Montclair’s Simit House Bakery Opens, Serving Turkish Delights

simit owner
Simit House Bakery owner Ibrahim Yagci, posing with two things he loves:
Turkish coffee and his painted bowl collection.

Ibrahim Yagci is bringing a taste of Istanbul to Church Street.

The owner of Simit House Bakery & Co. recently opened a corner café in the space vacated early this year by the Tory Janes shoe shop. Yagci will serve simits–sesame studded circular loops of bread sold for centuries by street vendors in his native country.

simit interior
A corner bakery bright with natural lighting

Although simits are sometimes called “Turkish bagels,” that’s a bit of a misnomer. They’re closer to a pretzel-bagel hybrid. Unlike bagels, simits aren’t boiled before baking. Instead, they’re dipped in a mix of molasses and water, then dredged in sesame seeds and baked. They taste nutty and bread-like, rather than rubbery and dense, and are infinitely easier to bite into. While it’s true that simits and bagels are both created from a ring of dough, so are doughnuts–and even cronuts (croissant-doughnuts). We in the New York metro area sure like our doughy hybrids.

Yagci’s inexpensive, all-natural simits can be eaten plain, with flavorful sour cherry jam, or served with a selection of sides that include labneh (strained yogurt), hummus, olive paste, feta, and the less traditional Nutella.

Mustafa, a Turkish baker for over 20 years.
Mustafa, a Turkish baker for over 20 years

Simits, while new to Montclair, have long been available in Middle Eastern grocery stores and bakeries in parts of Brooklyn and Queens. You can also get them at Paterson’s Taskin Bakery, and Simit & Smith of Cliffside, NJ, has several outposts in Manhattan.

Why did Yagci open shop in Montclair, rather than Manhattan? “I love it here. It’s the best town around,” says Yagci, who lived for a short time in Montclair before moving to Clifton a couple of years ago. “I love the demographics, and that people are willing to try new things.”

The bakery is selling other Turkish foods as well, most notably pogaca (poo-WAH-chuh), which looks something like an empanada, and is stuffed with olive paste (my favorite), feta, chocolate, or raisin and walnuts. For those looking for a heartier fare, Simit House Bakery will soon be serving omelets, along with chicken, turkey, roast beef and vegetarian sandwiches.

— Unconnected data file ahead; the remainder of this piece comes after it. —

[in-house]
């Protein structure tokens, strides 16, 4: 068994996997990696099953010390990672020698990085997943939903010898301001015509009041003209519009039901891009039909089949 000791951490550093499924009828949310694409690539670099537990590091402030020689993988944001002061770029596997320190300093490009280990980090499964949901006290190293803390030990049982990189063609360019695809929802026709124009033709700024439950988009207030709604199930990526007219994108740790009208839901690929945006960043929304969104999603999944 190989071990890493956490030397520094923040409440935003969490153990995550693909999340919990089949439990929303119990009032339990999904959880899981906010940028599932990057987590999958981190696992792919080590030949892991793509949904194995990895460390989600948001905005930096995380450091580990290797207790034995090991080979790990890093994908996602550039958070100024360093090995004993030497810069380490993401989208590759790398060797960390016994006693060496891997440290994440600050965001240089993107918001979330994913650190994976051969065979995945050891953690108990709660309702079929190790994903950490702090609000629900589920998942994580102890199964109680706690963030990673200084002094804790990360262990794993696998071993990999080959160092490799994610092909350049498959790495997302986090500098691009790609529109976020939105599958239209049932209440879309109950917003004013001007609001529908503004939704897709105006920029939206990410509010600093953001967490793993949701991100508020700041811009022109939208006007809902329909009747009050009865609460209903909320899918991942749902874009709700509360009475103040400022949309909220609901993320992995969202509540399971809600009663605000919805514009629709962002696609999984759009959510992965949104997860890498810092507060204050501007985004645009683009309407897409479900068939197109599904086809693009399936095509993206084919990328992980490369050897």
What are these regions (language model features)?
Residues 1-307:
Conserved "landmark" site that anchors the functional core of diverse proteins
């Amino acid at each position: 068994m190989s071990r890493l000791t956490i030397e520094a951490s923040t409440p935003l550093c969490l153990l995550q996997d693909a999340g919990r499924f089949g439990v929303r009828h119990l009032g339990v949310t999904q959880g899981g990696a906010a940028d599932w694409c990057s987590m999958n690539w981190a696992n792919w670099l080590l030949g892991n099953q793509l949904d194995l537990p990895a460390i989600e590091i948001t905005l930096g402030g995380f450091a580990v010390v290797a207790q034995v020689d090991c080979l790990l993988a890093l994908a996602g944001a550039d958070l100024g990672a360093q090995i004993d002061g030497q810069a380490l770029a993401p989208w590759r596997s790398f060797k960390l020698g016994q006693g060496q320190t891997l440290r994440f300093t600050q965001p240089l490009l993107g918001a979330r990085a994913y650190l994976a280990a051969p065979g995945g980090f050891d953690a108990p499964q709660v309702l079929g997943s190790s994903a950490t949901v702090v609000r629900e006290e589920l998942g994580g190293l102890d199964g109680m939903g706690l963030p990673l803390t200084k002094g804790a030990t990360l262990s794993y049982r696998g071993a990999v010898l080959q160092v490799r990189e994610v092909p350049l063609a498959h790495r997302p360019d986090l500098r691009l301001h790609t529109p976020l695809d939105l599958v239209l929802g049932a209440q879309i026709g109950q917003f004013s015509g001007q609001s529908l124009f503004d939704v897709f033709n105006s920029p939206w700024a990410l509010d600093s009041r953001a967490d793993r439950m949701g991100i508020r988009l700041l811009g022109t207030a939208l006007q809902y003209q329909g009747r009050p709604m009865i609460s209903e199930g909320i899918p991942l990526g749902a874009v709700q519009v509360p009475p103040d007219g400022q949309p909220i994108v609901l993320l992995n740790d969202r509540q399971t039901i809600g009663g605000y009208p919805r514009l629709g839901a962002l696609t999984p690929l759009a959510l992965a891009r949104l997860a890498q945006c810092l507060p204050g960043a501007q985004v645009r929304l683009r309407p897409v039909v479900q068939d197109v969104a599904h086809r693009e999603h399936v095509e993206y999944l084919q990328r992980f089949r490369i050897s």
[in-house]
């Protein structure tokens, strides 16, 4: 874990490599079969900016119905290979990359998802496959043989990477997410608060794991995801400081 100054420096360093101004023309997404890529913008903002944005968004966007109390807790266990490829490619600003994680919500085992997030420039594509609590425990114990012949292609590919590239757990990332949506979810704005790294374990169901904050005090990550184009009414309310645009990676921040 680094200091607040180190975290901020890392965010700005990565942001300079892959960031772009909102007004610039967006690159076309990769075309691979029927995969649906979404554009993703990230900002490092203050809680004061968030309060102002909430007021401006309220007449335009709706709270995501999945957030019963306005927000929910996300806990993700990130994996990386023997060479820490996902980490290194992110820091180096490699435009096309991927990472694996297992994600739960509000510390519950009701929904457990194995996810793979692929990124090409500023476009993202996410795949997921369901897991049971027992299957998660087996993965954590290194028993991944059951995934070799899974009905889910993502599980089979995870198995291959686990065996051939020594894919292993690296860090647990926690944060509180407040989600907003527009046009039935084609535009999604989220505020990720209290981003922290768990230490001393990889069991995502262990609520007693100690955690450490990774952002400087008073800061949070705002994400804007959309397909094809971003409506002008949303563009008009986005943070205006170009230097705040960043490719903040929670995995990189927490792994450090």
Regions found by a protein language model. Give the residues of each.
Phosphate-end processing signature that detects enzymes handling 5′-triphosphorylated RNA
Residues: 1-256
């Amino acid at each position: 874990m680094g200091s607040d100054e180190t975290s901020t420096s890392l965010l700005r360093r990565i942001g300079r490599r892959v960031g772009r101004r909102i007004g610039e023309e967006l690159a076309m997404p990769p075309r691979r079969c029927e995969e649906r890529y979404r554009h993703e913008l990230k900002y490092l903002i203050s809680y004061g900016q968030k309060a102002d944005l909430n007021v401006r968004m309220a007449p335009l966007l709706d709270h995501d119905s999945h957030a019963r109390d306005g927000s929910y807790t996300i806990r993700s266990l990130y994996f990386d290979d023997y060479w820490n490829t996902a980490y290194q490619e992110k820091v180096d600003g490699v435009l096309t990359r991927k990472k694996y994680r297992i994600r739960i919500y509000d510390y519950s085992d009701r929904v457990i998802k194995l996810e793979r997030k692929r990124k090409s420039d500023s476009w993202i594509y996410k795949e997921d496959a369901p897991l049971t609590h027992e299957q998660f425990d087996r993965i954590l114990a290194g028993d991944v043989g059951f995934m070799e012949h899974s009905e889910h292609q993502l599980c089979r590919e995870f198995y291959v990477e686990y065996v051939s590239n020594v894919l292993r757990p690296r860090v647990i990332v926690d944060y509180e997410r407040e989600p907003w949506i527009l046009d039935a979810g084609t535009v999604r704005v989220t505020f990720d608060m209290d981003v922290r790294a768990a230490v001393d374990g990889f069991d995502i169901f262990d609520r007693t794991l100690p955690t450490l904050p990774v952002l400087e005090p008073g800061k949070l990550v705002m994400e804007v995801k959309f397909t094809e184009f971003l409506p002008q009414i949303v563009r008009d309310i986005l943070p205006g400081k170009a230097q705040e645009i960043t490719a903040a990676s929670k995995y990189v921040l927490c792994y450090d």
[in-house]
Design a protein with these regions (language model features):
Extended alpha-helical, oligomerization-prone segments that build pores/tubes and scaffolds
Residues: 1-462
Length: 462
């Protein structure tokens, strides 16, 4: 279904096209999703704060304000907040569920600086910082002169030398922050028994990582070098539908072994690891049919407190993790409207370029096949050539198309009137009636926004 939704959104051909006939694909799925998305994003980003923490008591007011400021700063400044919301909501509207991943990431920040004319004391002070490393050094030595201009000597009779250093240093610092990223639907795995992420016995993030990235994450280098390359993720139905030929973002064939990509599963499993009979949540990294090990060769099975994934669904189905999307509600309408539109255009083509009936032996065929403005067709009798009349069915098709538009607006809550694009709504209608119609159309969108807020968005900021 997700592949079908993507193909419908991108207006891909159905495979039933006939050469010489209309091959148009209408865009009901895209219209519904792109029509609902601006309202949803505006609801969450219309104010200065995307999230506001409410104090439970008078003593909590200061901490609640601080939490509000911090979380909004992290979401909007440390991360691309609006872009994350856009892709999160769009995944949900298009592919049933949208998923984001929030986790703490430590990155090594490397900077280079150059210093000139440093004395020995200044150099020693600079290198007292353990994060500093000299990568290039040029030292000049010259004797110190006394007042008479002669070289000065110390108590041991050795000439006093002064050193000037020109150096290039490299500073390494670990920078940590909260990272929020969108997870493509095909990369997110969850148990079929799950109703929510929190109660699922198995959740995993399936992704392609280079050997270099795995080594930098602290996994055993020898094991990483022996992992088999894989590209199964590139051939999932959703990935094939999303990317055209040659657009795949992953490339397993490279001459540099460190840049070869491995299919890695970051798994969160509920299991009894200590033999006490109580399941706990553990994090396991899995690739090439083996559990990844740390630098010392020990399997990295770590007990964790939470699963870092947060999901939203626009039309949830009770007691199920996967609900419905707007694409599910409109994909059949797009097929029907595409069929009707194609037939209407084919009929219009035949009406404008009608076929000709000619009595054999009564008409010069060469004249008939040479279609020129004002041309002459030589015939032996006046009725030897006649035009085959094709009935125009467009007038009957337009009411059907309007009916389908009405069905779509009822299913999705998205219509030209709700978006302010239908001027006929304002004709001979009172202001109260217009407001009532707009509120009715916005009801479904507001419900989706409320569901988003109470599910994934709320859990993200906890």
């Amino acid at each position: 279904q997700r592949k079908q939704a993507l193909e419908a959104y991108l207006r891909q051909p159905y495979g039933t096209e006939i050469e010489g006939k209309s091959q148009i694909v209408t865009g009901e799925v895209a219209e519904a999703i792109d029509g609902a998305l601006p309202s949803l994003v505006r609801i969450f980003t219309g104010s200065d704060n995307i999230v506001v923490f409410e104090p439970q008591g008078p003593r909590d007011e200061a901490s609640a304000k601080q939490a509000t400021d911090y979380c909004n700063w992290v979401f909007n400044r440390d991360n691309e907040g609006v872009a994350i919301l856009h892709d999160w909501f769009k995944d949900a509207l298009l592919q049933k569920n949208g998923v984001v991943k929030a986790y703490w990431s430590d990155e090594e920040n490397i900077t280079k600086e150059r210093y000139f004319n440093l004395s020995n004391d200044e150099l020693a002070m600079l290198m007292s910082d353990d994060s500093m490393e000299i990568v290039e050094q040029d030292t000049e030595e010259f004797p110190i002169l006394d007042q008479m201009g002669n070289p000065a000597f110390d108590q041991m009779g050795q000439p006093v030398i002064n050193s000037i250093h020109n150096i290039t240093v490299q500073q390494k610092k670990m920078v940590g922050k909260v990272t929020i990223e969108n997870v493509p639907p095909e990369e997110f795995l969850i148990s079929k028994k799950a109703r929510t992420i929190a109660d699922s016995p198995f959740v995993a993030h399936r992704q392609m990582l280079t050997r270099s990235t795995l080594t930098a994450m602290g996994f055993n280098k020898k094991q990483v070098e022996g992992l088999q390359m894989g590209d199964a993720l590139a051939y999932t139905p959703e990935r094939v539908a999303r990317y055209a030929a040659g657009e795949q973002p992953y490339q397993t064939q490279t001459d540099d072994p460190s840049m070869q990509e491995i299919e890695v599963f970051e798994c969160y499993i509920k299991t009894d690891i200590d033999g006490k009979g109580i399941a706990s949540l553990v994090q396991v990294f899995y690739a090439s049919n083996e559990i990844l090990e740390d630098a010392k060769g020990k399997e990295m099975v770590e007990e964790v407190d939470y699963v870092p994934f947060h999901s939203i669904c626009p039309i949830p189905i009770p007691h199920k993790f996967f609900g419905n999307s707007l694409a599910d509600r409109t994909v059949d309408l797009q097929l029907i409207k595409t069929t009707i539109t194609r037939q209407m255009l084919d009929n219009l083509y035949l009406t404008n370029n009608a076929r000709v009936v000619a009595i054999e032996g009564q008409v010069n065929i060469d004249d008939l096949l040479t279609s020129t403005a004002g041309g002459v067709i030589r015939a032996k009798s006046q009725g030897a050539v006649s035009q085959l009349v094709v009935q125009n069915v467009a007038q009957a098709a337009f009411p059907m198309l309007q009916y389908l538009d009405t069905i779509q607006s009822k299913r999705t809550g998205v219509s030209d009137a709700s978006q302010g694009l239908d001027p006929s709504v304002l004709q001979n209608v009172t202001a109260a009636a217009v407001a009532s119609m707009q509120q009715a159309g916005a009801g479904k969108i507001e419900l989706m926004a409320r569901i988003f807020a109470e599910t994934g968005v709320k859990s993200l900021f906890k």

simit turkish coffee
Turkish coffee: a legal drug

Yagci’s imported Turkish coffee deserves special mention. The super finely ground beans are boiled in a pot and served in lovely porcelain cups, where the grounds are allowed to settle. One small serving delivers a sweet, potent dose of caffeine. “It’s a legal drug,” confirms Yagci. (You can also get wonderfully rich Turkish coffee at Java Love in Upper Montclair.)

And don’t dare miss dessert. Yagci serves traditional baklava, and a darker, similar pastry called sarma, which means “wrap” in Turkish. “It’s very elegant, and was traditionally served in palaces,” says Yagci, who describes it as phyllo dough loaded with caramelized pistachios. I loved that the treat was less sticky and sweet than baklava. It’s yet another “Turkish delight” to be discovered at Simit House Bakery.

Baklava, cookie, and sarma
Baklava, cookie, and sarma



2 Church Street, Montclair


Mon-Thurs: 8 AM to 8 PM
Fri: 8 AM to 10 PM
Sat-Sun: 9 AM to 10-11 PM


simit logo

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  1. I’m fairly sure that the last thing anyone of Circassian, Kurdish or, especially, Armenian descent will ever want is “a taste of the former Ottoman Empire.”

    Really, does anyone ever edit this gush before it appears on Baristanet?

  2. It is great to have such a nice addition to Church Street. The Montclair we know and love will be really pleased with this baker’s delicacies.

    cathar, your ignorance about others somehow gets the better of the good in you.

  3. I’m waiting for Michelle Bachmann to descend on this bakery and accuse the owners of attempting to infiltrate Montclair with the infectious scourge of Sharia law.

  4. I hear that there’s a young lad named Pevensie who really wants to know exactly what sort of Turkish Delight is on offer.

  5. how are the prices? is this going to be another version of the 5$ cupcake shop?

    I hope that turkish pastries are less pretentious and more affordable than the hipster crap we are used to

  6. Prices are VERY low — a few dollars each. Baklava was the freshest and most tasty I’ve ever had, and they had a number of varieties. VERY good place!

  7. Lovely, small shop. Mustafa explained each type of baked goods to me, and I chose two of each to take home. Price point fabulous. $1.60 coffee, $2 Turkish coffee. The best deal on Church Street. Reminds me of the goodies I used to buy on Atlantic Avenue in Brooklyn. I wish the owner and staff much good luck and a long run!

  8. I stopped by over the weekend. Turkish coffee and simits (sesame and almond) were delish . . . all for under $5.

    Great location on corner of Church and Bloomfield, as it doesn’t “get lost” in middle of Church Street.

  9. Lines at the counter this weekend all three times I passed by this weekend. The simits are $1.60, not very costly. And really tasty.

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